New Power Consumption
Traditionally, households, service industries and industry have been the largest users of electricity in Norway. These sectors will continue to be major users of electricity in the future, but there will also be new consumer groups.
The petroleum industry is the industry with the greatest growth in electricity consumption over the past decade and it is expected that electricity in this industry will continue to grow. Transport is another sector where electricity is expected to increase in the future. Over the next 20 to 30 years, large parts of the transport sector can switch from fossil fuels to different types of renewable fuels. Data centers are also a consumer group in Norway that can become major power users in the future.
The Petroleum Industry
Start-up of the gas treatment plant at Kollsnes and electrification of the Troll platform in the 1990s started the growth of electricity in the petroleum industry. In 2007, the gas plant at Nyhamna in Møre og Romsdal was started with electricity from the power grid in mainland Norway. The gas plant at Melkøya in Finnmark started in 2009 and further increased electricity consumption in the petroleum industry. This plant covers over 90 percent of the electricity demand from its own gas power plant. In recent years, the Gjøa and Valhall platforms in the North Sea have also received electricity from land. In total, 7 TWh of electricity was consumed from the petroleum industry in 2015.
In 2016, the oil platform Goliat outside Finnmark was put into operation with electricity from land. Extensions of land facilities, pressure support for gas fields offshore and electrification of the oil installations on Utsirahøyden will further increase electricity consumption in the petroleum industry in the future. Forecasts from oil companies indicate that the peak in electricity in the petroleum sector will be reached in 2022 or 2023, with an annual consumption of around 10 TWh and since sinking by 2030.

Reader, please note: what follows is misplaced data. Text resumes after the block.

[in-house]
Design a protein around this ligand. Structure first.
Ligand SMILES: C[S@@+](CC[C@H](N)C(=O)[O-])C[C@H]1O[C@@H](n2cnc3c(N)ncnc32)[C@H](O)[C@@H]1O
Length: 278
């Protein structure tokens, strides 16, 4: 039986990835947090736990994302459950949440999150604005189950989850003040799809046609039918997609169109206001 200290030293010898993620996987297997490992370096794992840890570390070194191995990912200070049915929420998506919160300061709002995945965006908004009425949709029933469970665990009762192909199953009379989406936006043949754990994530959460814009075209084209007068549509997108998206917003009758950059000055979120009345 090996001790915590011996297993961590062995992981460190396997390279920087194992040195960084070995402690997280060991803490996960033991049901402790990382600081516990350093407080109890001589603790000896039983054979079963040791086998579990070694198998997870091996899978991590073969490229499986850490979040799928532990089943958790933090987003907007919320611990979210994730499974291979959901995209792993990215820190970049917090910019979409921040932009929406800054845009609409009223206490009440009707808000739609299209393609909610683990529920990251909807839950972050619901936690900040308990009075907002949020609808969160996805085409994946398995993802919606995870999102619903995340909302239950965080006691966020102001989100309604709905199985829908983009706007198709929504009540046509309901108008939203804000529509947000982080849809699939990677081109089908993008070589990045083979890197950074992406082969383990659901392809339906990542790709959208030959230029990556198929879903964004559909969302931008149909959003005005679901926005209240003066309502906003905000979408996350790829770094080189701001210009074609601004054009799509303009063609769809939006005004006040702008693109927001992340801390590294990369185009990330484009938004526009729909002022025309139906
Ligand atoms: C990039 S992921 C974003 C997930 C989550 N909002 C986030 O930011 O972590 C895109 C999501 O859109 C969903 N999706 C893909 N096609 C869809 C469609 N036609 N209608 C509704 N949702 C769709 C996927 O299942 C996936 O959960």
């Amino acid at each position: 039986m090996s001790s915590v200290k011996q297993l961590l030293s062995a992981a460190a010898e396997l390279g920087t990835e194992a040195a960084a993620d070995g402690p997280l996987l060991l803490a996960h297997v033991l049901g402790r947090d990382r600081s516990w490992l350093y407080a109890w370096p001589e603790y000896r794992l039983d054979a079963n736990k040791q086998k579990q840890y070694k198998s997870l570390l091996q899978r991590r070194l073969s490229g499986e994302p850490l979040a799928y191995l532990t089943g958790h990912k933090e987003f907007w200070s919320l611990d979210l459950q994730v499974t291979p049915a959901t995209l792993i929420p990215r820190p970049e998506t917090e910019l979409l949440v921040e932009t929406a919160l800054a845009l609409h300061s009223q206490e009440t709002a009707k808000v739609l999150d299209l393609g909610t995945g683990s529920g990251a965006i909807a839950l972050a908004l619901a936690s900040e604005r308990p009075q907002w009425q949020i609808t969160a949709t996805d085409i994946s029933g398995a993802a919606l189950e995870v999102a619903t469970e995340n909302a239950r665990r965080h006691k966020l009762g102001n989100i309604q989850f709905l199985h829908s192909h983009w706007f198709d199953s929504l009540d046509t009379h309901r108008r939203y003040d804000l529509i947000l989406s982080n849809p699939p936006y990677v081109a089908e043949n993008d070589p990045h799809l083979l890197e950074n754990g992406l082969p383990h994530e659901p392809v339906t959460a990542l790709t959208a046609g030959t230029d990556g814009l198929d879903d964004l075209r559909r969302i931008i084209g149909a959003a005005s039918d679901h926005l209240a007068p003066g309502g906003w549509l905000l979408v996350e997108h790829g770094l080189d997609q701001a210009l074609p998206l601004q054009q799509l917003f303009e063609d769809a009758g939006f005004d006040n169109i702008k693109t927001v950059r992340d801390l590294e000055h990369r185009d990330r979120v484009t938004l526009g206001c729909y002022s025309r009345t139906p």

In the future, another area of potential large increases in electricity consumption is data centers. These are major centers for storing data. Data is transferred over the internet to data centers for storage and retrieved in the same way. With sufficient leased lines, data centers can be geographically far away from the users of the data. Good fiber connections are therefore a prerequisite for such data centers to function.
Data centers are very energy consuming and the largest have power needs of several hundred MW and use more TWh electricity a year. It takes a lot of electricity both for operation and cooling of the servers. Countries with cold climate and good access to electricity are therefore well suited for localization of data centers. Users of the centers are also dependent on high reliability at any given time, so that countries with stable economic and political systems and low likelihood of natural disasters are favorable countries for the establishment of data centers.
The Nordic countries point out as areas with good conditions for the establishment of such centers, with good access to electricity, cool climate and stable political and economic systems. Google, Facebook and Apple have already established centers in our neighboring countries, Sweden, Finland and Denmark, with power requirements from 0.5 TWh to 1.5 TWh per center.
Norway has currently no such large data centers, but has three medium-sized centers in Digiplex, Green Mountain and Evry. In addition, new data center is being planned / built in Måløy, Sogn og Fjordane, Vennesla in West Agder and Eide in Nordmøre. All in all, these data centers have a power requirement of around 100 MW at full operation from 2017/2018. With expected operation in all hours of the year, this corresponds to a power plant of 800 - 900 GWh per year.
The Swedish Power Company Vattenfall has estimated that data centers with power requirements of around 6 GW will be built in Europe over the next ten years and that about a third of this can end up in the Nordic region. According to ICT Norway, several major IT companies have shown an interest in establishing data centers in Norway. They estimate that data centers with a potential power requirement from 200 to 1000 MW, and electricity consumption of 1.5 to 8.6 TWh, can establish themselves in Norway in the next few years, given the appropriate framework conditions.